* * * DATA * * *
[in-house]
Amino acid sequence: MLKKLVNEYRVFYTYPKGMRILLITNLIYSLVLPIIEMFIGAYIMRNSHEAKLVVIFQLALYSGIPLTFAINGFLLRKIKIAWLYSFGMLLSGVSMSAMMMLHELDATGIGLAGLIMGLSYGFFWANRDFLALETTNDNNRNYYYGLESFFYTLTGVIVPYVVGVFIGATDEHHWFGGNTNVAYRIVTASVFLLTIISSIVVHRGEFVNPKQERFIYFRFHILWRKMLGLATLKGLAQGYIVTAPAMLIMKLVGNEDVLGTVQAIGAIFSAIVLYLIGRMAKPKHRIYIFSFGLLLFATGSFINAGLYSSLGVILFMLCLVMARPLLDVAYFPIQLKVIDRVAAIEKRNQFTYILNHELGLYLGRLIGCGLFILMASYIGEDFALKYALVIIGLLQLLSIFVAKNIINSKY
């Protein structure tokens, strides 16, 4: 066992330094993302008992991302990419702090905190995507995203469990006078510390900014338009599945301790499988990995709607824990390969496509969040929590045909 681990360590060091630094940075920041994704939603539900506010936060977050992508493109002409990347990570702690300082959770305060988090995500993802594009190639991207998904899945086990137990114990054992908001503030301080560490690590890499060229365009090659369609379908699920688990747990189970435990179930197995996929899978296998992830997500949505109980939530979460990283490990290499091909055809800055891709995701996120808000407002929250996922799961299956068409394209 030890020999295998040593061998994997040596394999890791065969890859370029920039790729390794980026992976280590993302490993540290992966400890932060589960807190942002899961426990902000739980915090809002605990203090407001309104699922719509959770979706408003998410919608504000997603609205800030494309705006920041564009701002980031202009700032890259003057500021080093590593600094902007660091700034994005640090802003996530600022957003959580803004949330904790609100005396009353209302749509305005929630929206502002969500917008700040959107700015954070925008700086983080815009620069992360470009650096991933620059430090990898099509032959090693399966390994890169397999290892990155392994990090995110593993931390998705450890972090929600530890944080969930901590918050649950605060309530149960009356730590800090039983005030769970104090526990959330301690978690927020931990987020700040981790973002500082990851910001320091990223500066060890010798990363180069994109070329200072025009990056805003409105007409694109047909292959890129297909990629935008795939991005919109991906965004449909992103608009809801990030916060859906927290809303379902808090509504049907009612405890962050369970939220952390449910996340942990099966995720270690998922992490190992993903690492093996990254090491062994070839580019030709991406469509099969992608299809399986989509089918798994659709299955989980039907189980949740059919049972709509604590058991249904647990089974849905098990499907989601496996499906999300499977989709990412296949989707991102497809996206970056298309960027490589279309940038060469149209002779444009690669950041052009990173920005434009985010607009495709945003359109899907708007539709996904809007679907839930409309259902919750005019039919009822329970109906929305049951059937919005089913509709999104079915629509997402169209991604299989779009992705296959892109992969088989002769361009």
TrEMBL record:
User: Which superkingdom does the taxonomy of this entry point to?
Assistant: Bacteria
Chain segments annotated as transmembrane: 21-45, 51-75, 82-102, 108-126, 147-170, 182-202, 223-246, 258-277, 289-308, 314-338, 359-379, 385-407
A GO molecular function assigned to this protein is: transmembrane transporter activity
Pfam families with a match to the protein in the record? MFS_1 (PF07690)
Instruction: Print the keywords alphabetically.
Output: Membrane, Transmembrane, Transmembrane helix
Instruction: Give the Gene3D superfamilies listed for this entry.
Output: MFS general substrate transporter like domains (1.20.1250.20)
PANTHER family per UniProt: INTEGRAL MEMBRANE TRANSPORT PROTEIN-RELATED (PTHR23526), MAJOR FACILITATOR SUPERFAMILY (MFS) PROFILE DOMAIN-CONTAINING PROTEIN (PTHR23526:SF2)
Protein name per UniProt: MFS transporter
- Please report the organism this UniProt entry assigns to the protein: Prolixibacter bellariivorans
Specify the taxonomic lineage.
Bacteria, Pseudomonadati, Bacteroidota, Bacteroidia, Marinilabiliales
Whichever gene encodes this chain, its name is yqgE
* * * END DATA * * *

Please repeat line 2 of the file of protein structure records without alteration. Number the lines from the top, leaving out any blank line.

Amino acid sequence: MLKKLVNEYRVFYTYPKGMRILLITNLIYSLVLPIIEMFIGAYIMRNSHEAKLVVIFQLALYSGIPLTFAINGFLLRKIKIAWLYSFGMLLSGVSMSAMMMLHELDATGIGLAGLIMGLSYGFFWANRDFLALETTNDNNRNYYYGLESFFYTLTGVIVPYVVGVFIGATDEHHWFGGNTNVAYRIVTASVFLLTIISSIVVHRGEFVNPKQERFIYFRFHILWRKMLGLATLKGLAQGYIVTAPAMLIMKLVGNEDVLGTVQAIGAIFSAIVLYLIGRMAKPKHRIYIFSFGLLLFATGSFINAGLYSSLGVILFMLCLVMARPLLDVAYFPIQLKVIDRVAAIEKRNQFTYILNHELGLYLGRLIGCGLFILMASYIGEDFALKYALVIIGLLQLLSIFVAKNIINSKY